Digital Is A Fancy Menu With Mystery Ingredients
April 11, 2013 Patrick Sullivan
One visitor out of five to the Environmental Defense Fund’s (EDF) website is accessing the site through a mobile device and one-quarter read emails and follow links to the site from their phones and tablets.
With that much mobile traffic, it’s no surprise that managers of the New York City-based nonprofit redesigned the website to be more accessible to smartphone and tablet users, according to Kira Marchenese, EDF’s senior director of digital platforms and strategy.
A report by digital analysis firm comScore in Reston, Va., from September 2012 showed that an estimated 120 million Americans own smartphones, just more than half of all mobile phone subscribers. According to Tom Sather, senior director of email research for Return Path in New York City, the number of people reading emails on mobile devices jumped 300 percent between October 2010 and October 2012 and outnumber those reading emails on computers.
A Return Path analysis showed mobile accounted for 37 percent of email opens, more than webmail like Gmail (30 percent) and desktop clients such as Outlook (33 percent).
The need to make it easy for donors and constituents to access your website away from their desktops or laptops will only get more urgent. Fundraisers will have to work especially hard to keep up with the new ways donors interact with their websites and emails.
With most smartphones and tablets having a touch screen, “There’s a shift in the design community toward a user interface that’s more gestural and less visual,” said Ryan Phillips, a designer and developer with SW Creatives in Silver Spring, Md., which caters exclusively to nonprofits. Gestural design, designing sites specifically to be pinched, poked and prodded on a touch screen, is beginning to gain traction in design communities, and even EDF had to scramble to catch up.
“When we were building (the new site), we didn’t have to worry about (gestural design) at all,” said Marchenese. “We haven’t taken the next step.” Marchenese mentioned perhaps adding functionality that allows mobile users to flip through a photo slideshow on the website, “but my guess is people aren’t expecting” heavily gestural mobile sites, she said. “They’ll be pleasantly surprised if things behave differently.”
An accessible level of design is making your organization’s site mobile-friendly, taking in the margins, trimming down the content, resizing images.
A more comprehensive mobile optimization method is responsive design, which changes the look and layout of a website based on, and responding to, the size of the user’s screen. Responsive design is complicated, but at its heart lies two core concepts: fluid grids and media queries. Fluid grids are proportions that measure in pixels how much space a given element of a web page or email, such as an image or a column of text, takes up as compared to the full page or email. The screen size might change, but elements on a fluid grid will resize according to their proportions.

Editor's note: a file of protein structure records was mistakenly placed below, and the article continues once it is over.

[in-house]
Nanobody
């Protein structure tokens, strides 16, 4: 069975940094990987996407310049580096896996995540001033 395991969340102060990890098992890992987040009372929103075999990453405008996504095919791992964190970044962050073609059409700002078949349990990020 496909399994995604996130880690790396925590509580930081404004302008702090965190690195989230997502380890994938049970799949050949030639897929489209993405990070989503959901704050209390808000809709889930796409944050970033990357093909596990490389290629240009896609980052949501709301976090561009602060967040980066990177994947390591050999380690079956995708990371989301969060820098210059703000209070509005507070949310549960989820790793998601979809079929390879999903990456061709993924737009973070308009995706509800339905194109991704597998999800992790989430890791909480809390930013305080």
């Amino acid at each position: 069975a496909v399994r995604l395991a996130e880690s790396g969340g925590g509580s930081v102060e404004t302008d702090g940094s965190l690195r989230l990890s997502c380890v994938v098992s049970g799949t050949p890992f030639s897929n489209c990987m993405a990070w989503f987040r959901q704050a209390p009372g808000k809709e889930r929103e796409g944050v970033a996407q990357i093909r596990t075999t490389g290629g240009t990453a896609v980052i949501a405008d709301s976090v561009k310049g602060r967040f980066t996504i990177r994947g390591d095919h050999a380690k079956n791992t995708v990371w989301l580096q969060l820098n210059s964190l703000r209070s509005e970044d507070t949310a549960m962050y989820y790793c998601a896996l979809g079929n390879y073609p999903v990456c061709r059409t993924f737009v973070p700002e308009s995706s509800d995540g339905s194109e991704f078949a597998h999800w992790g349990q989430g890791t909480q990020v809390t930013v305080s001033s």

Another element is media queries. The queries, basically if-then statements, give a maximum pixel size, called a breakpoint, and any screens that fall below that maximum get a certain view. For example, you could make a two-column email into one column if the screen width is less than 500 pixels. Common screen widths include: 1824 pixels (a large desktop or laptop); 1024 px (iPad in landscape mode); 768 px (iPad in portrait mode); 480 px (iPhone in landscape mode); and 320 px (iPhone in portrait mode).
Emails are much easier than websites to responsively design. Other than some desktop clients, pretty much every email application on a mobile device uses HTML.
World Wildlife Fund (WWF), with U.S. headquarters in Washington, D.C., has tried both approaches, said Diane Querey WWF’s website director. A website redesign in 2008 did not address mobile users, as there weren’t enough to show up in the site’s analytics. In 2010, Querey and her team noted that 1.5 percent of the website’s traffic was from mobile devices.
“We looked at the site on mobile devices, and it looked terrible,” she said. “It was a terrible user experience.”
Querey and her web team set to work on a separate, mobile-friendly version of the more popular sections of the website. She called it “an improvement” for mobile users, but it still wasn’t perfect. WWF had to update both sites every time a change was made, and only a portion of the web pages was mobile-friendly. The rate of mobile users jumped to 3 percent in January 2011, and one year later it had more than tripled, coming in at 10 percent in January 2012.
“The latest version was launched on August 27, 2012, and it’s a responsive site,” said Querey. “It adapts to the device the user is on.” Mobile traffic was at 18 percent through the first half of January 2013, and more smartphones and tablets are being released each month.
“I knew that with seeing such a wide variety of mobile devices, there’s no way to just have a desktop site and mobile version. The only way I saw was to do a design that was responsive so that no matter what device comes along, it should look good,” Querey said.
A complete, responsive redesign of the website might be the way to go for large nonprofits with big budgets and lots of web traffic, but it’s not right for every organization. Managers at nonprofits strapped for cash should think about at least optimizing their emails for mobile, as well as particular pages that often get linked in emails. “Even if you’re not going to necessarily do your entire website, at least do your donation page,” said Jared Seltzer, co-founder of Washington, D.C., firm Rad Campaign.